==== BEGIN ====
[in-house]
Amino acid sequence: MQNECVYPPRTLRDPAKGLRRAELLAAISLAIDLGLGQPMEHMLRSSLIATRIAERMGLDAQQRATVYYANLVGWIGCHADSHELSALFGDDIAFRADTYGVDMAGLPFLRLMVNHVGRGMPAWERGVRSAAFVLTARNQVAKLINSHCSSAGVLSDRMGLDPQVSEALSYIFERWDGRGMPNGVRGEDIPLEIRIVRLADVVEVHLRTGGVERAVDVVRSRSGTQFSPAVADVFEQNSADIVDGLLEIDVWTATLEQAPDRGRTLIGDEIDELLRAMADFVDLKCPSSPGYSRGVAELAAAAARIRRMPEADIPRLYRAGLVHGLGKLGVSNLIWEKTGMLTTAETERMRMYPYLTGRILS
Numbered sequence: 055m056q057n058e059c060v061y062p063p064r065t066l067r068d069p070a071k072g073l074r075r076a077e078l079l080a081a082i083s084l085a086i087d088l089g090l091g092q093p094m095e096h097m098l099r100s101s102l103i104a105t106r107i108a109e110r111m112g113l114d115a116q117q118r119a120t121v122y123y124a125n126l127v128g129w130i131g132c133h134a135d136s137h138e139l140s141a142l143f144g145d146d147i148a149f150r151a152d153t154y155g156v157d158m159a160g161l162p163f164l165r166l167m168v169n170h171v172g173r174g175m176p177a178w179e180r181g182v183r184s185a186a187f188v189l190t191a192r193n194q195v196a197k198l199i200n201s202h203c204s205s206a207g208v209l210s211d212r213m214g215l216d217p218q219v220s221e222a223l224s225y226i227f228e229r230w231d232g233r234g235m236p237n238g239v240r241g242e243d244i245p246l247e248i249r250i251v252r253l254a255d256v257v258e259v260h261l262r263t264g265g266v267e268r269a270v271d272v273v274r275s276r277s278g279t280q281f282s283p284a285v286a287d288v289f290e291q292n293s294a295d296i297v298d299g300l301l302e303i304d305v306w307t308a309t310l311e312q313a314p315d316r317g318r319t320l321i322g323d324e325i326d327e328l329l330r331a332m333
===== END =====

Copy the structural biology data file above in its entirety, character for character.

[in-house]
Amino acid sequence: MQNECVYPPRTLRDPAKGLRRAELLAAISLAIDLGLGQPMEHMLRSSLIATRIAERMGLDAQQRATVYYANLVGWIGCHADSHELSALFGDDIAFRADTYGVDMAGLPFLRLMVNHVGRGMPAWERGVRSAAFVLTARNQVAKLINSHCSSAGVLSDRMGLDPQVSEALSYIFERWDGRGMPNGVRGEDIPLEIRIVRLADVVEVHLRTGGVERAVDVVRSRSGTQFSPAVADVFEQNSADIVDGLLEIDVWTATLEQAPDRGRTLIGDEIDELLRAMADFVDLKCPSSPGYSRGVAELAAAAARIRRMPEADIPRLYRAGLVHGLGKLGVSNLIWEKTGMLTTAETERMRMYPYLTGRILS
Numbered sequence: 055m056q057n058e059c060v061y062p063p064r065t066l067r068d069p070a071k072g073l074r075r076a077e078l079l080a081a082i083s084l085a086i087d088l089g090l091g092q093p094m095e096h097m098l099r100s101s102l103i104a105t106r107i108a109e110r111m112g113l114d115a116q117q118r119a120t121v122y123y124a125n126l127v128g129w130i131g132c133h134a135d136s137h138e139l140s141a142l143f144g145d146d147i148a149f150r151a152d153t154y155g156v157d158m159a160g161l162p163f164l165r166l167m168v169n170h171v172g173r174g175m176p177a178w179e180r181g182v183r184s185a186a187f188v189l190t191a192r193n194q195v196a197k198l199i200n201s202h203c204s205s206a207g208v209l210s211d212r213m214g215l216d217p218q219v220s221e222a223l224s225y226i227f228e229r230w231d232g233r234g235m236p237n238g239v240r241g242e243d244i245p246l247e248i249r250i251v252r253l254a255d256v257v258e259v260h261l262r263t264g265g266v267e268r269a270v271d272v273v274r275s276r277s278g279t280q281f282s283p284a285v286a287d288v289f290e291q292n293s294a295d296i297v298d299g300l301l302e303i304d305v306w307t308a309t310l311e312q313a314p315d316r317g318r319t320l321i322g323d324e325i326d327e328l329l330r331a332m333